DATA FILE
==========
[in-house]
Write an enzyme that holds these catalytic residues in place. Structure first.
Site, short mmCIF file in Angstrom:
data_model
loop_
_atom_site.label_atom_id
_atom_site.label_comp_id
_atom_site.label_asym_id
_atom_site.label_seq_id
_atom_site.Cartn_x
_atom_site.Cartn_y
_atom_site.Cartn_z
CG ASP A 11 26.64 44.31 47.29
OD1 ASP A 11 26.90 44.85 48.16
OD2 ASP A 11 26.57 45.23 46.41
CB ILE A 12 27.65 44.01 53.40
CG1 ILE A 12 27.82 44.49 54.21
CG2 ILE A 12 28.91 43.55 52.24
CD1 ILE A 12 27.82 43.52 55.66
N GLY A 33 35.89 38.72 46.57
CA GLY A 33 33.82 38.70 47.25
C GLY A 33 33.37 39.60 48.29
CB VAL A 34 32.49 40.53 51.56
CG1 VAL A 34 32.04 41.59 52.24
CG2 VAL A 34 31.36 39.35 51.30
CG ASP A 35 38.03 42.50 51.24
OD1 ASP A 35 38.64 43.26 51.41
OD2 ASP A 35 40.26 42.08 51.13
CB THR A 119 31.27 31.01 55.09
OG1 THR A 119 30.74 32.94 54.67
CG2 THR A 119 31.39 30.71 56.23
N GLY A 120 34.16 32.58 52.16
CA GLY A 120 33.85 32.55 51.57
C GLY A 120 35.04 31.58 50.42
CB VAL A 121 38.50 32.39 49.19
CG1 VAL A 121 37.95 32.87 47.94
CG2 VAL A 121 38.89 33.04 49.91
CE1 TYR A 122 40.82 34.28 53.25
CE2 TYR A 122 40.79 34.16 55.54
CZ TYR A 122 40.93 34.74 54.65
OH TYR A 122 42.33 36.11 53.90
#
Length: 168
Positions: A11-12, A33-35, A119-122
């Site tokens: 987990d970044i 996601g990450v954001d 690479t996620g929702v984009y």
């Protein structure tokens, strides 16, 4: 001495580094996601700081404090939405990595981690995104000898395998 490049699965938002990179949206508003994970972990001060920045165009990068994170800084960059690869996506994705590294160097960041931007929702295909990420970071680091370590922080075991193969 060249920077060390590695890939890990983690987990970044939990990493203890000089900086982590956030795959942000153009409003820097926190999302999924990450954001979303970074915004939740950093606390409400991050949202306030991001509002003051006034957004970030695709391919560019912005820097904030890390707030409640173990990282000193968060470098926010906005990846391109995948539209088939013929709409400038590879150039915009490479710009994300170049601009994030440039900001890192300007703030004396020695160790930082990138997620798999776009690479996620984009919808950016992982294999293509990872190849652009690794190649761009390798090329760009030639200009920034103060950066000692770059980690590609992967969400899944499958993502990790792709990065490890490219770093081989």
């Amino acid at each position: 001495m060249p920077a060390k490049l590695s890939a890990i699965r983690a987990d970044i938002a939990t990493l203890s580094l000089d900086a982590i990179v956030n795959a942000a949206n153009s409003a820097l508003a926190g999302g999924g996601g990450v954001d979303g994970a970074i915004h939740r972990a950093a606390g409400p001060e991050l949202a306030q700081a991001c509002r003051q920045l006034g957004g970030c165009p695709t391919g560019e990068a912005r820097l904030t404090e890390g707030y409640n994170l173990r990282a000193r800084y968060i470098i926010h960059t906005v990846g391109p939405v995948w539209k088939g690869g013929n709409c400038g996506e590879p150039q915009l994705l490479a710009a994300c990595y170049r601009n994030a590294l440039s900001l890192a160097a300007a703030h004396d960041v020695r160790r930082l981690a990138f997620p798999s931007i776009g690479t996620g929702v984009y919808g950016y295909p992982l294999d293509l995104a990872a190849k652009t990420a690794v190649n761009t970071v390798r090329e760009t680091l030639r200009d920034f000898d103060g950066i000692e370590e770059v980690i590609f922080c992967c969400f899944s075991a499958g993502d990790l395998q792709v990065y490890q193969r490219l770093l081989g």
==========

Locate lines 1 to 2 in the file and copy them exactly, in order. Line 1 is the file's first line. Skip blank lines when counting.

[in-house]
Write an enzyme that holds these catalytic residues in place. Structure first.